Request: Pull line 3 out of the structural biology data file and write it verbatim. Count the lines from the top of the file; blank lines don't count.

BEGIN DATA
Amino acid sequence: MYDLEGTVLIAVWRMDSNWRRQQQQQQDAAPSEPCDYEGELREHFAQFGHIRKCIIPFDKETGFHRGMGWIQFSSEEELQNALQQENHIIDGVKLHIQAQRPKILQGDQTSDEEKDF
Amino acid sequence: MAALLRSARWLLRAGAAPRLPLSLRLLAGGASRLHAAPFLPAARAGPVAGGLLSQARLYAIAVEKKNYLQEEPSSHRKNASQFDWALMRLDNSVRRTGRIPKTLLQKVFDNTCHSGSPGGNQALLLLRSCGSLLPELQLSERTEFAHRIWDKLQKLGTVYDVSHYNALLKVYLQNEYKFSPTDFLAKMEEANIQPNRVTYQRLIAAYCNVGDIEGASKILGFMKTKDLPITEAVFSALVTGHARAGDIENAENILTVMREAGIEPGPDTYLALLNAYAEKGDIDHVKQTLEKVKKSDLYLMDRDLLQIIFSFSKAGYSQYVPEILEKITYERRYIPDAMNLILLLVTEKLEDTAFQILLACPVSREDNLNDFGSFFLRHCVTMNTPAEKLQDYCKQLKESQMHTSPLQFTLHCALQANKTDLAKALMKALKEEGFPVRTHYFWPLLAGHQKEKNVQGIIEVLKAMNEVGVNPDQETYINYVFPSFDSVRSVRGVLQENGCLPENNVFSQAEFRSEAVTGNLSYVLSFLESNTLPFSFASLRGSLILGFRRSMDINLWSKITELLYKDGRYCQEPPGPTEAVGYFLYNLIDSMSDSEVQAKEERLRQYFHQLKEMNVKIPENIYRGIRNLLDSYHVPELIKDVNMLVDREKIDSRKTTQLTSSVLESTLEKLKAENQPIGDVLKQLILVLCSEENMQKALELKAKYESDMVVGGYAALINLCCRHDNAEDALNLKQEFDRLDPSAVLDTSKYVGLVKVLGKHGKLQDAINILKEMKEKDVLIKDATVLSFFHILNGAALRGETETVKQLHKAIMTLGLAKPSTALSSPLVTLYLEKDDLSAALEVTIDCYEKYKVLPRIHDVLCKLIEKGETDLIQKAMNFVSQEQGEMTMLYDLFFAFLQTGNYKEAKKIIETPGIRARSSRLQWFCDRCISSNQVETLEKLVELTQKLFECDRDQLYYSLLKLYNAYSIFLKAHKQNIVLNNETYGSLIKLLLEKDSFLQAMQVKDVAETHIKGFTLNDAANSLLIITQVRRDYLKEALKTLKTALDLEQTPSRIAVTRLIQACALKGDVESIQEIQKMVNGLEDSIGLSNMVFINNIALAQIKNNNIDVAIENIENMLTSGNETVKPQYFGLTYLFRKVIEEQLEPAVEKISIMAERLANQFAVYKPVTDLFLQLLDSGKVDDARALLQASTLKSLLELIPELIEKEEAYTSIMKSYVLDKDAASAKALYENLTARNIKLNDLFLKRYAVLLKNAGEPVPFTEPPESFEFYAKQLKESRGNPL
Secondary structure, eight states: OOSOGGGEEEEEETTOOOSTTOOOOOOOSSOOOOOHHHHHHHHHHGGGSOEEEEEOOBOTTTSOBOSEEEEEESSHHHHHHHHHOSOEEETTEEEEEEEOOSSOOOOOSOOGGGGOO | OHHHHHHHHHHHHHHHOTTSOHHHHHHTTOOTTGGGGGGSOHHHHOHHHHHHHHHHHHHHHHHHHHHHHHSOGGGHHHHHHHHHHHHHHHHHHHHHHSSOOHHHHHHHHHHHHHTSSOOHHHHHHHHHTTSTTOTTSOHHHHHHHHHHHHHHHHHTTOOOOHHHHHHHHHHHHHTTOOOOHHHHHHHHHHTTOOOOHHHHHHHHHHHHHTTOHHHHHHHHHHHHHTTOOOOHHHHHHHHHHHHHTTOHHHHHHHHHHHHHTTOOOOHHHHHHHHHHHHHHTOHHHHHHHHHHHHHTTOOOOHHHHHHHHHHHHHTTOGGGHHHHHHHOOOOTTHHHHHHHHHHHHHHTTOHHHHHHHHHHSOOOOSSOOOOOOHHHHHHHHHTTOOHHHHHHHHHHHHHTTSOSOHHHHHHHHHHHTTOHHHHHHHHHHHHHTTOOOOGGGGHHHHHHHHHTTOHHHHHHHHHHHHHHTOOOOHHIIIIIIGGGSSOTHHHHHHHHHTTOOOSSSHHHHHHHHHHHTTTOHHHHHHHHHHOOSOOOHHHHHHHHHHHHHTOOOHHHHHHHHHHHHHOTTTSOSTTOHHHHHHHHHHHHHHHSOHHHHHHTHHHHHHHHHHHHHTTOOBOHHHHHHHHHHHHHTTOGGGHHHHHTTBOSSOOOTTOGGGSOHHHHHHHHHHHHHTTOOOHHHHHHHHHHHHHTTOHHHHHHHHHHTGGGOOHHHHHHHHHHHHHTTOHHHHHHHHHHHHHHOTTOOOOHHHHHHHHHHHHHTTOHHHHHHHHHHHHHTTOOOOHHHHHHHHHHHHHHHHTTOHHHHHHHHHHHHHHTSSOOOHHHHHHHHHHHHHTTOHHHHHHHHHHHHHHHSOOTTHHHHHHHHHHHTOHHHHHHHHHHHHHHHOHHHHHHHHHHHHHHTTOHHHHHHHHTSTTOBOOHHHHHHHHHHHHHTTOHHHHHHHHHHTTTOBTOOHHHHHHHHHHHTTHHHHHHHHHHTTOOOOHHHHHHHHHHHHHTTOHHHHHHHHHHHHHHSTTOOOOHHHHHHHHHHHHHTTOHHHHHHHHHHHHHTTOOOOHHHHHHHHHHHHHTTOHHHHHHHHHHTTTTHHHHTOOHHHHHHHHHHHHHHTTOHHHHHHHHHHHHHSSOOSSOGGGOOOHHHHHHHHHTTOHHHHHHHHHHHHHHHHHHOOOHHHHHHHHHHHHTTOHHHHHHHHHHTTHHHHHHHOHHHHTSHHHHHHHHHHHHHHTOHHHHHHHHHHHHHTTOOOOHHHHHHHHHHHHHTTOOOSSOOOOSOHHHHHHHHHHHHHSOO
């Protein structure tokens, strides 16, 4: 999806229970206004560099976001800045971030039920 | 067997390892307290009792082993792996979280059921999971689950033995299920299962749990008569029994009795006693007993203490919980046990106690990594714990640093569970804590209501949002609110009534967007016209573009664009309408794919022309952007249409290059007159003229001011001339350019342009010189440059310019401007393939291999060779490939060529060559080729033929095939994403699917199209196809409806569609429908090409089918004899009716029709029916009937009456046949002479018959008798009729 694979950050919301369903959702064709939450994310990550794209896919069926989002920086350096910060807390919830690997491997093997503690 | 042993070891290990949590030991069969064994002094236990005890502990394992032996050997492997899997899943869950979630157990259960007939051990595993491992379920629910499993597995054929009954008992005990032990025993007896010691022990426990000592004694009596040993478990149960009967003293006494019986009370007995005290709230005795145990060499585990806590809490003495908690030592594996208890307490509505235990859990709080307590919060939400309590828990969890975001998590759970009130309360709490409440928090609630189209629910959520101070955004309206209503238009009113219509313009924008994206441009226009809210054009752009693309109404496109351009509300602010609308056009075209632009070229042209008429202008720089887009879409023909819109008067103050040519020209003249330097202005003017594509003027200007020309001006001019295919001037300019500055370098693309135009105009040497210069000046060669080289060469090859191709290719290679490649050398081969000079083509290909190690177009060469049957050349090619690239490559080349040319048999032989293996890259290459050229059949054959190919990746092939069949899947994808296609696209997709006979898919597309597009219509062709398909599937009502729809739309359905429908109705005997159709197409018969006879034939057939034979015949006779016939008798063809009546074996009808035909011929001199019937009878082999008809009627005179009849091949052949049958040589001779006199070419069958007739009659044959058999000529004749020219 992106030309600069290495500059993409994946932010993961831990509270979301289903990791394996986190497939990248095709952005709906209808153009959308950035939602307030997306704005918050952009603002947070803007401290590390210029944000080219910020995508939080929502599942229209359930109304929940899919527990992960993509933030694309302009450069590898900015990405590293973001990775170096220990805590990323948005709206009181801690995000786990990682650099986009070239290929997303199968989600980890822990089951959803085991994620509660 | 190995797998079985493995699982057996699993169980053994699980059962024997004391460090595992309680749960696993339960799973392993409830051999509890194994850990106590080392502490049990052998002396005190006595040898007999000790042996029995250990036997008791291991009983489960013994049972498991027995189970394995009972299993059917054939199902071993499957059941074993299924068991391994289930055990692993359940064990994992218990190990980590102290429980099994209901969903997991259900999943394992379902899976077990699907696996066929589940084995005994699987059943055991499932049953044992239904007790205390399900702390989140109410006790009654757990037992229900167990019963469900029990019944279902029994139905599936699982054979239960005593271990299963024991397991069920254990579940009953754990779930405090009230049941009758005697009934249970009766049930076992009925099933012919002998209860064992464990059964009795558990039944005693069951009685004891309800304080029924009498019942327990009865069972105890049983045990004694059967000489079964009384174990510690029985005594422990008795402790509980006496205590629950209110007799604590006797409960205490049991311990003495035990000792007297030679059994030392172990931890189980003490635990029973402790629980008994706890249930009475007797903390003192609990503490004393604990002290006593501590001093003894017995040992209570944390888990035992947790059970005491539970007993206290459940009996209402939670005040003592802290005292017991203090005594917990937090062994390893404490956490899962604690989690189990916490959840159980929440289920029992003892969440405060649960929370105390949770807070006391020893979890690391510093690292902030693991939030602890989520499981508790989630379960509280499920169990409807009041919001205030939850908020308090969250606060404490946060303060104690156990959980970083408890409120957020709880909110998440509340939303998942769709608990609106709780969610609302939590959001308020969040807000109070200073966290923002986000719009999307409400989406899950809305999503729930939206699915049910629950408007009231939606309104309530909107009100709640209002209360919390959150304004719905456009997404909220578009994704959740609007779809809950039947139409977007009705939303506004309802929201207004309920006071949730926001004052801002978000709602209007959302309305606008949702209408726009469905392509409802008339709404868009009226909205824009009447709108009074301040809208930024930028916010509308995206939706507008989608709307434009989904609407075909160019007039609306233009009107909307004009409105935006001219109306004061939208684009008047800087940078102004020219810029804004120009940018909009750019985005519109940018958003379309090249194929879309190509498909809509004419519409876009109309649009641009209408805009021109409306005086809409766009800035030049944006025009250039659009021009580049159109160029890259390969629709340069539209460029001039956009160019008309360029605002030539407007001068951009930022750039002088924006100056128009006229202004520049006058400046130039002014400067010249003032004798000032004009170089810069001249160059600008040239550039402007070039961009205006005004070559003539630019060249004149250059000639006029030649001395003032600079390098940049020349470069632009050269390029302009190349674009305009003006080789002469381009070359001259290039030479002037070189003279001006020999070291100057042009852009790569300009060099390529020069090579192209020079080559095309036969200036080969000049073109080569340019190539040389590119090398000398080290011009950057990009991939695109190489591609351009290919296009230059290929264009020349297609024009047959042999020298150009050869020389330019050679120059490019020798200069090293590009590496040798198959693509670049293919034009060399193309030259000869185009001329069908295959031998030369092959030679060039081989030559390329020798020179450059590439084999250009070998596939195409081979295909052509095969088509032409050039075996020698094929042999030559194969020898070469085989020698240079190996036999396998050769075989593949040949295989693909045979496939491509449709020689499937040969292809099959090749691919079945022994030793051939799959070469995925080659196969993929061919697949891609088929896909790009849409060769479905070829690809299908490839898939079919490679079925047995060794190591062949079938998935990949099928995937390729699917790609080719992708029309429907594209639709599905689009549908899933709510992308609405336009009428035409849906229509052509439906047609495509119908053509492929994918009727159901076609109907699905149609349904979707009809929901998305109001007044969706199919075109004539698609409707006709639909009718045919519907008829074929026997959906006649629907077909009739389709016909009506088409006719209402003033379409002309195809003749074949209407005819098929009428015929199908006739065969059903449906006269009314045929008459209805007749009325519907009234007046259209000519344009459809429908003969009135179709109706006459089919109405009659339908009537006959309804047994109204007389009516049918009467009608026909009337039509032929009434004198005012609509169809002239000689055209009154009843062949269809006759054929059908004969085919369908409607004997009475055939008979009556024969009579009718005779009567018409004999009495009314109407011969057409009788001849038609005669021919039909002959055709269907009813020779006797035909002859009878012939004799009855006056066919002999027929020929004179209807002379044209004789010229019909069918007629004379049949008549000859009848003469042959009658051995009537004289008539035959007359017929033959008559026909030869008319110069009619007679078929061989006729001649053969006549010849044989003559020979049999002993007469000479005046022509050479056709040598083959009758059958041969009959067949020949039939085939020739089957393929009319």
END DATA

Secondary structure, eight states: OOSOGGGEEEEEETTOOOSTTOOOOOOOSSOOOOOHHHHHHHHHHGGGSOEEEEEOOBOTTTSOBOSEEEEEESSHHHHHHHHHOSOEEETTEEEEEEEOOSSOOOOOSOOGGGGOO | OHHHHHHHHHHHHHHHOTTSOHHHHHHTTOOTTGGGGGGSOHHHHOHHHHHHHHHHHHHHHHHHHHHHHHSOGGGHHHHHHHHHHHHHHHHHHHHHHSSOOHHHHHHHHHHHHHTSSOOHHHHHHHHHTTSTTOTTSOHHHHHHHHHHHHHHHHHTTOOOOHHHHHHHHHHHHHTTOOOOHHHHHHHHHHTTOOOOHHHHHHHHHHHHHTTOHHHHHHHHHHHHHTTOOOOHHHHHHHHHHHHHTTOHHHHHHHHHHHHHTTOOOOHHHHHHHHHHHHHHTOHHHHHHHHHHHHHTTOOOOHHHHHHHHHHHHHTTOGGGHHHHHHHOOOOTTHHHHHHHHHHHHHHTTOHHHHHHHHHHSOOOOSSOOOOOOHHHHHHHHHTTOOHHHHHHHHHHHHHTTSOSOHHHHHHHHHHHTTOHHHHHHHHHHHHHTTOOOOGGGGHHHHHHHHHTTOHHHHHHHHHHHHHHTOOOOHHIIIIIIGGGSSOTHHHHHHHHHTTOOOSSSHHHHHHHHHHHTTTOHHHHHHHHHHOOSOOOHHHHHHHHHHHHHTOOOHHHHHHHHHHHHHOTTTSOSTTOHHHHHHHHHHHHHHHSOHHHHHHTHHHHHHHHHHHHHTTOOBOHHHHHHHHHHHHHTTOGGGHHHHHTTBOSSOOOTTOGGGSOHHHHHHHHHHHHHTTOOOHHHHHHHHHHHHHTTOHHHHHHHHHHTGGGOOHHHHHHHHHHHHHTTOHHHHHHHHHHHHHHOTTOOOOHHHHHHHHHHHHHTTOHHHHHHHHHHHHHTTOOOOHHHHHHHHHHHHHHHHTTOHHHHHHHHHHHHHHTSSOOOHHHHHHHHHHHHHTTOHHHHHHHHHHHHHHHSOOTTHHHHHHHHHHHTOHHHHHHHHHHHHHHHOHHHHHHHHHHHHHHTTOHHHHHHHHTSTTOBOOHHHHHHHHHHHHHTTOHHHHHHHHHHTTTOBTOOHHHHHHHHHHHTTHHHHHHHHHHTTOOOOHHHHHHHHHHHHHTTOHHHHHHHHHHHHHHSTTOOOOHHHHHHHHHHHHHTTOHHHHHHHHHHHHHTTOOOOHHHHHHHHHHHHHTTOHHHHHHHHHHTTTTHHHHTOOHHHHHHHHHHHHHHTTOHHHHHHHHHHHHHSSOOSSOGGGOOOHHHHHHHHHTTOHHHHHHHHHHHHHHHHHHOOOHHHHHHHHHHHHTTOHHHHHHHHHHTTHHHHHHHOHHHHTSHHHHHHHHHHHHHHTOHHHHHHHHHHHHHTTOOOOHHHHHHHHHHHHHTTOOOSSOOOOSOHHHHHHHHHHHHHSOO